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ATMs are quite accessible

I immediately thought of ATMs: they're secure, they guide you through whatever you're doing, they're often equipped with braille and a hole to plug in your earphones, they're almost omnipresent (at least in the western world) …

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10 21

Written by DeletedUser

It seems like ATMs have many of the features a modern voting system should have: security and safety, identification, ease of use (people already know how to use them), a lot of help if and when you need it, etc. 

There are some issues ( especially if you're thinking about using already existing ATMs) but I'm sure it's possible to work around those. 

I came across a patent from someone who's been thinking along the same lines, and has repurposed an actual ATM, but I think a really good solution needs to take it a few steps further – perhaps implementing biometric id, like someone suggested. 

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DeletedUser

This is great. It reminds me of the idea of using the coca-cola distribution network to deliver mosquito nets to areas where Malaria is an issue. Both are great ideas because they essentially piggy-back on current infrastructure to bring needed services, with comparatively little additional cost, to a population in need. Excellent!

I hesitate to tie the banks to the government anymore, but it seems your bank account information could provide enough of a unique identification to enable sufficient tracking.

I wonder if it would induce more crime though? It would potentially be one more reason for someone to try to steal your bank card.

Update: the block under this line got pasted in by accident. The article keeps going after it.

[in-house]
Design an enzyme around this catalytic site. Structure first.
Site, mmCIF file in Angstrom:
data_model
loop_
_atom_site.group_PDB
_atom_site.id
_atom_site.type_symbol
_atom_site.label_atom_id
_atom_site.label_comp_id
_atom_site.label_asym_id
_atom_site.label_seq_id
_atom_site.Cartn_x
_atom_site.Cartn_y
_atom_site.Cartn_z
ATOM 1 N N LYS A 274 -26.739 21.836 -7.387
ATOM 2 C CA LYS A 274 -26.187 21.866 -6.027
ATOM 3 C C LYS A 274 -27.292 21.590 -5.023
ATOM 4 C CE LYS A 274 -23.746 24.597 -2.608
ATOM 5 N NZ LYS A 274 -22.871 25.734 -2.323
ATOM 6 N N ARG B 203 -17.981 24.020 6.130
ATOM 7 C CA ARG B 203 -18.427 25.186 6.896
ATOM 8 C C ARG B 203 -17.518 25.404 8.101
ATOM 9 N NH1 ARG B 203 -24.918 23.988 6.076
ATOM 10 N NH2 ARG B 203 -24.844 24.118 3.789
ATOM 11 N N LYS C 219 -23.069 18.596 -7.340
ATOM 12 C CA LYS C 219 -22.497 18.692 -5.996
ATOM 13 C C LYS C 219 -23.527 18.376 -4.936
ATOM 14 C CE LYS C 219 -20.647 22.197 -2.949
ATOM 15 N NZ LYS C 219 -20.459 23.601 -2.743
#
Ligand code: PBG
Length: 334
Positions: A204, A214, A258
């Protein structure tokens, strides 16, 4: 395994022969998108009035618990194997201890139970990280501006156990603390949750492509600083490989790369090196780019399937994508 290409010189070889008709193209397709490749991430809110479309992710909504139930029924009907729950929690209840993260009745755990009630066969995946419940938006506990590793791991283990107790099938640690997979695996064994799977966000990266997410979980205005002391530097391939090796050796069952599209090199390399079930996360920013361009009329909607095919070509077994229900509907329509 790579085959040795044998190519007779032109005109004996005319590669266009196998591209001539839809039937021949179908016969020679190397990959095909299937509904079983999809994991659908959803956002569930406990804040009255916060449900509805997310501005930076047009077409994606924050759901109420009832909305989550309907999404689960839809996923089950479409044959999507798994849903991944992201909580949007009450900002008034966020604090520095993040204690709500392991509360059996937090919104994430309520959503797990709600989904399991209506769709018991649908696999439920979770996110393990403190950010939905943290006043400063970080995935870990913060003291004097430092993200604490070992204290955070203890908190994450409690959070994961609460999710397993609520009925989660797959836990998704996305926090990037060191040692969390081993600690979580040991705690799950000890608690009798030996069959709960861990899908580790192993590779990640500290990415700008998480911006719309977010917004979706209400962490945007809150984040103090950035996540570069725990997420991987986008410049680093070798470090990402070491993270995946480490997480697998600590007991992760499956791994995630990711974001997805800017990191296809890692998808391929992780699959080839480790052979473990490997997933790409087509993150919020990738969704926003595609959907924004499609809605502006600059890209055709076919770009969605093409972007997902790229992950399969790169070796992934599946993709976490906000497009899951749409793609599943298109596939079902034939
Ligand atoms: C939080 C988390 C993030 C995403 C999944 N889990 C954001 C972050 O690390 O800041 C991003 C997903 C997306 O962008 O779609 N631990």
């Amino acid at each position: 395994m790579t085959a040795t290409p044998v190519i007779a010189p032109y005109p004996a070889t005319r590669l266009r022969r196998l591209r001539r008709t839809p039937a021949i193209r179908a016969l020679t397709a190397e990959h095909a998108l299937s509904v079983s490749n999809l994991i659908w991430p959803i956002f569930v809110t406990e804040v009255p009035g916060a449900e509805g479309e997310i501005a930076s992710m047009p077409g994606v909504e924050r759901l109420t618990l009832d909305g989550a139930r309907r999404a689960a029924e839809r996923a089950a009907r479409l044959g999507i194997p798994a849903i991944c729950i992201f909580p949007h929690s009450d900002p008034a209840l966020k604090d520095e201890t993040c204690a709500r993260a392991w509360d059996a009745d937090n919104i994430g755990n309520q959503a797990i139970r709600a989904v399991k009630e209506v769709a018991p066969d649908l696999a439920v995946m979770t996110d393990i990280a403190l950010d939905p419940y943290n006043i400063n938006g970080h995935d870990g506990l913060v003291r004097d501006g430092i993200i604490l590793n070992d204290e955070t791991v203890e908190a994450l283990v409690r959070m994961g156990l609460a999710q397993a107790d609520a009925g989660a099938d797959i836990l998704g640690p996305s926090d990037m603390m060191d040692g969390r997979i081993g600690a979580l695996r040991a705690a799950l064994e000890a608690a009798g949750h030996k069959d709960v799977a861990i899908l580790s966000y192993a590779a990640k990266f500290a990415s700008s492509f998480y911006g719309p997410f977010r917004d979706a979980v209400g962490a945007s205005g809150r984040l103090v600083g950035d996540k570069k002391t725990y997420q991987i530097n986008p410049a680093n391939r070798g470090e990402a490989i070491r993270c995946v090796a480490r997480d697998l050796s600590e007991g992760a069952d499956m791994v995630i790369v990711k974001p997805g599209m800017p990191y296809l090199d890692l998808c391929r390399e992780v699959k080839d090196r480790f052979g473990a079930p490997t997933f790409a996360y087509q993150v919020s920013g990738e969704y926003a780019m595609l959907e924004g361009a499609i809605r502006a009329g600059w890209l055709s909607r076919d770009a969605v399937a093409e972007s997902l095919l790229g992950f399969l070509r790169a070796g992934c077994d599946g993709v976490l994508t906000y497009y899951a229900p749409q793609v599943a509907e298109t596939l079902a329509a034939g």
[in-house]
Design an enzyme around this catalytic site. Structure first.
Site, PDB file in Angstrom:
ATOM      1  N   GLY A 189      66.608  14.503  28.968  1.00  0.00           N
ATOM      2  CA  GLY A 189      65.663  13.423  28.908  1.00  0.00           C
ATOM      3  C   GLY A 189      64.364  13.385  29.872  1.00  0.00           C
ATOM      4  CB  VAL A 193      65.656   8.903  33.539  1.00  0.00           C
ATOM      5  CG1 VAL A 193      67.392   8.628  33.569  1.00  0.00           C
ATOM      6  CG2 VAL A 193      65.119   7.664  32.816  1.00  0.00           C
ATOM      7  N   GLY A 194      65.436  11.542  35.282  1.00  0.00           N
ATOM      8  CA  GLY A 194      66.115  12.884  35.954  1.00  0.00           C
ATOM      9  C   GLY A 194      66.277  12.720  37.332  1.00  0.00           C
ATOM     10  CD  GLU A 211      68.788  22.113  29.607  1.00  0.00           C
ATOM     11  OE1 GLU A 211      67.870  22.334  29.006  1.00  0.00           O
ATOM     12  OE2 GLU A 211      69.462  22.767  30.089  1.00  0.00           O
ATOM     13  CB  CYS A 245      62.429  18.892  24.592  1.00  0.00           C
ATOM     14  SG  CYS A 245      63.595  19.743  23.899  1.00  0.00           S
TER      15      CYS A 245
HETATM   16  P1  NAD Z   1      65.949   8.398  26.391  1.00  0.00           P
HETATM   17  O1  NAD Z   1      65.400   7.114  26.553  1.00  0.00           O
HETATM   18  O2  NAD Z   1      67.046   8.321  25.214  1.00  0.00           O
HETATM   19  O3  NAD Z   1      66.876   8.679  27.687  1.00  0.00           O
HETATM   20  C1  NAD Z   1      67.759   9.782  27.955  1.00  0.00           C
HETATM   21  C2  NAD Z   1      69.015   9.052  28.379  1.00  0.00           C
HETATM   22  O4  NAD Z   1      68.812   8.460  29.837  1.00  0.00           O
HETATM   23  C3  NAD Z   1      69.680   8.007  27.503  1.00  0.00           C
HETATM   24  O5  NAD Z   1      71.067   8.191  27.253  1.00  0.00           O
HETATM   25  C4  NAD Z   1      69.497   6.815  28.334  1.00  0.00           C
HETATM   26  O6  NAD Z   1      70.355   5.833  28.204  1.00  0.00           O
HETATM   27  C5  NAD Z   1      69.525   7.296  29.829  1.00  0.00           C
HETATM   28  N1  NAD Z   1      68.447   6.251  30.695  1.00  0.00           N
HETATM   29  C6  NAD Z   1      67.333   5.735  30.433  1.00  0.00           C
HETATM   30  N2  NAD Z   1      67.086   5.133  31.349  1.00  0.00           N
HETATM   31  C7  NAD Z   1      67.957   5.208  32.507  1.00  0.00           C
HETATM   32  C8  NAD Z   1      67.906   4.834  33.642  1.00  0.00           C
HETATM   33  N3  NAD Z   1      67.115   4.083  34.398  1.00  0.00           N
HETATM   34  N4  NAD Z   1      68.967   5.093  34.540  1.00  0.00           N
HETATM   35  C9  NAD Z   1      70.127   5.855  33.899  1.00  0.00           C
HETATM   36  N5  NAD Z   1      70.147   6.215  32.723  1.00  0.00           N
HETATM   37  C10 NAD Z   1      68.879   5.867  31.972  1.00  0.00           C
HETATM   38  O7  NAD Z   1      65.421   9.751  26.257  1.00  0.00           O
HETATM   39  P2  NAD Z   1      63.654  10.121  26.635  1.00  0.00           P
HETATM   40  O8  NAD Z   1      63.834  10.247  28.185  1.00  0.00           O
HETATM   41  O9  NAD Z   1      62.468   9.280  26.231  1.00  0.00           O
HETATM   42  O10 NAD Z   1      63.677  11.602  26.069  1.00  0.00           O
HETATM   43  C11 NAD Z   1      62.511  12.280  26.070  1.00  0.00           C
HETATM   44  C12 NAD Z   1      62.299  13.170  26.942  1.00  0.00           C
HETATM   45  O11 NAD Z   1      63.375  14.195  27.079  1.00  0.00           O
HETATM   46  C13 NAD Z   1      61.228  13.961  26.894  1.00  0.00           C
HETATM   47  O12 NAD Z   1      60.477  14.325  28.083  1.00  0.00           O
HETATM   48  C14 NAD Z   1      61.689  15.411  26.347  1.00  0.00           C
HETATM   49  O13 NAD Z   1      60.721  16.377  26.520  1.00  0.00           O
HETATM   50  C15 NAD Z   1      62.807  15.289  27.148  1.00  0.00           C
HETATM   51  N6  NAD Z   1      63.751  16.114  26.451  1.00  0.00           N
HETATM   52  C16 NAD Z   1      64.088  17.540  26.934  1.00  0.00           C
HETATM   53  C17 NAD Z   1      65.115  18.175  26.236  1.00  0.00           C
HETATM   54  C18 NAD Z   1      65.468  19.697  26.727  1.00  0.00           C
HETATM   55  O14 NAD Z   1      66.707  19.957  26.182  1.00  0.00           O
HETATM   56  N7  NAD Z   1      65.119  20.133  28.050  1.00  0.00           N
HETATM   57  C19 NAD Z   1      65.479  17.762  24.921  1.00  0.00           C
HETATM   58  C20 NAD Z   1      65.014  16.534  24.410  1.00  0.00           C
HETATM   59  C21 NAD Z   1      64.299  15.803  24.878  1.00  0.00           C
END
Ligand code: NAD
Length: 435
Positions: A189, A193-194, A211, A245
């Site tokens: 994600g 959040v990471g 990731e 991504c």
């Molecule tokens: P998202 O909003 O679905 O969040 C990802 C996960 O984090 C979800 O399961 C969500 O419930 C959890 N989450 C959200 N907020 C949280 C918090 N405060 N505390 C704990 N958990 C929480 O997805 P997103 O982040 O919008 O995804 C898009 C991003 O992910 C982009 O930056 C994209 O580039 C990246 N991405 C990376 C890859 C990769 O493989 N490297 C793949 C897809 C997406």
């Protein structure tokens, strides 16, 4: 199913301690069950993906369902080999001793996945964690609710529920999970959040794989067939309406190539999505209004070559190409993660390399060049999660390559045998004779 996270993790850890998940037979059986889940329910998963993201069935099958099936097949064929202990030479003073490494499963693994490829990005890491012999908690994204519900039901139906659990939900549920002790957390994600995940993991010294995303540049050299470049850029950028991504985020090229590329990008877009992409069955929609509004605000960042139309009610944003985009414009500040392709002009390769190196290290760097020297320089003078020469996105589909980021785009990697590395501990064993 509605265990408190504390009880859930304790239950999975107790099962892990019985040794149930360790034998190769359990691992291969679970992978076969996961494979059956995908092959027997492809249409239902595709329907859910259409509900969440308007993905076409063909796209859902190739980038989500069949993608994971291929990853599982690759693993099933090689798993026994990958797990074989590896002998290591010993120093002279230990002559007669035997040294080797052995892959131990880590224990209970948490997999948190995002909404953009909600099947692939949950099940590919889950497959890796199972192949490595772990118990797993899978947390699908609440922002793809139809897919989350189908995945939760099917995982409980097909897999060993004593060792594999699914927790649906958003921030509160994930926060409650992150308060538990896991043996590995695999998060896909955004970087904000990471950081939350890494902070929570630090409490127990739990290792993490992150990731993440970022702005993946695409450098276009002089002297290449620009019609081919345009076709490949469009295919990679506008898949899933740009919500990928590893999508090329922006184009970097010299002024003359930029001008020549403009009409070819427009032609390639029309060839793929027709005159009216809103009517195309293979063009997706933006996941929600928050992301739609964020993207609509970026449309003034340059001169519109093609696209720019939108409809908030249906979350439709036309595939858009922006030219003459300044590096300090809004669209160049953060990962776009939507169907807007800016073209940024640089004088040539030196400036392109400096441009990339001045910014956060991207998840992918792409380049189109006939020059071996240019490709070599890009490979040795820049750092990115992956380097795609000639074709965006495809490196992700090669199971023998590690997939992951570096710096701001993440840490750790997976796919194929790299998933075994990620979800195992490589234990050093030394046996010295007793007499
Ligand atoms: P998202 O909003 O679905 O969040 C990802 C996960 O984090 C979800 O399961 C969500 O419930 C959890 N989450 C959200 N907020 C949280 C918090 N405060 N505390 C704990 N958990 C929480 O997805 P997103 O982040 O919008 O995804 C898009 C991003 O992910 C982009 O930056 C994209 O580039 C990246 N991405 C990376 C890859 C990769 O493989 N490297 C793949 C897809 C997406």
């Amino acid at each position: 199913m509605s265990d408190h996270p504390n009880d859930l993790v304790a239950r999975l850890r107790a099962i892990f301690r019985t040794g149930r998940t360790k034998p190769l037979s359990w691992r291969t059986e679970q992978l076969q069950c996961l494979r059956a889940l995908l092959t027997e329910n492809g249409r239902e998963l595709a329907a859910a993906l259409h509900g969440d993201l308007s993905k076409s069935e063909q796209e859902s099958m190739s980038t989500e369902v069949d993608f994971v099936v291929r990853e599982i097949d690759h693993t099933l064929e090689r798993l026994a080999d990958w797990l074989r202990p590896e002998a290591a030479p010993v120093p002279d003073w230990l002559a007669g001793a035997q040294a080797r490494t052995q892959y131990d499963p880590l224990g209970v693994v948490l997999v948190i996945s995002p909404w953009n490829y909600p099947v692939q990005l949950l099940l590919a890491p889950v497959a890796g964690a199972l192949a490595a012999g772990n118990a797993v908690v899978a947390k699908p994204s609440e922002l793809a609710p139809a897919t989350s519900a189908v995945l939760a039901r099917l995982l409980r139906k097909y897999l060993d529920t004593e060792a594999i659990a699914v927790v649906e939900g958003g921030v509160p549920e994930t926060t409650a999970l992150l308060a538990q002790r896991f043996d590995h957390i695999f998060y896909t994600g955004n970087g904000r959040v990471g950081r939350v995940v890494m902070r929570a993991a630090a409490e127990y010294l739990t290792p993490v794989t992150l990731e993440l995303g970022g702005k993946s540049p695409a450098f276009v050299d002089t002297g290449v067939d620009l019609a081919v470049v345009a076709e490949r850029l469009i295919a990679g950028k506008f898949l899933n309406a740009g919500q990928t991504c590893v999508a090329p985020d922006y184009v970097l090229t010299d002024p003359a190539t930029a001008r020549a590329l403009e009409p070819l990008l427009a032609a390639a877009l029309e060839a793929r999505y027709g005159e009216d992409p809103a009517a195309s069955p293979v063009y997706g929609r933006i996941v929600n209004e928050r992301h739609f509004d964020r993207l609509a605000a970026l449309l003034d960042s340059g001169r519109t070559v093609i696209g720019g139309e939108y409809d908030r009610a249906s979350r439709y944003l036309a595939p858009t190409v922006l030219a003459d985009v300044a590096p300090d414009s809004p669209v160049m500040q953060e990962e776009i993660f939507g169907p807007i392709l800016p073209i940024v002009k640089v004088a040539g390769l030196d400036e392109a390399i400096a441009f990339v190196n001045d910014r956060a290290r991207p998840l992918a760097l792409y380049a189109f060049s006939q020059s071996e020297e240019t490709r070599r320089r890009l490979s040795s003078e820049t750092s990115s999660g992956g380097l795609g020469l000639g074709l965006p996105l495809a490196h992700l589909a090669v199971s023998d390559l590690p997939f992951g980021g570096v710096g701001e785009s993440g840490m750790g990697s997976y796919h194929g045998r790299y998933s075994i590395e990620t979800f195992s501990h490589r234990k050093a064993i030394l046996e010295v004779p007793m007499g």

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Interesting anecdote about the mosquito net distribution- and what a perverse picture it paints of western priorities and attitudes.

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DeletedUser

I agree that the Coca-Cola idea is an interesting one. But I'm not sure it describes a Western attitude, as much as a universal one. After all, if Coca-Cola really does have a functioning (profitable) distribution network in places that doesn't have traditional postal services (even to deliver life-saving equipment), there are customers making some interesting choices. ;-) Either way, it's a nice illustration of how there are opportunities everywhere – and a lot of them are human-made.

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Yes you are right! In talking about Western attitudes I was commenting merely on the irony of having a distribution network arising from activity that intrinsically contributes little to social good in place ahead of supporting the basic health needs of communities.

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DeletedUser

I understand. But am not sure that Coke's net contribution to social good is small. (Especially compared to the *other* Western attitudes that shaped the world's infrastructure.) Doesn't really matter, though, because in any case, it raises the important issue of who owns and operates the infrastructure. Would I trust Coca-Cola, a bank or the local internet service provider with my vote? I'm not quite sure – especially not in younger democracies. Then again, somebody has to collect and count the votes. Who can be trusted?

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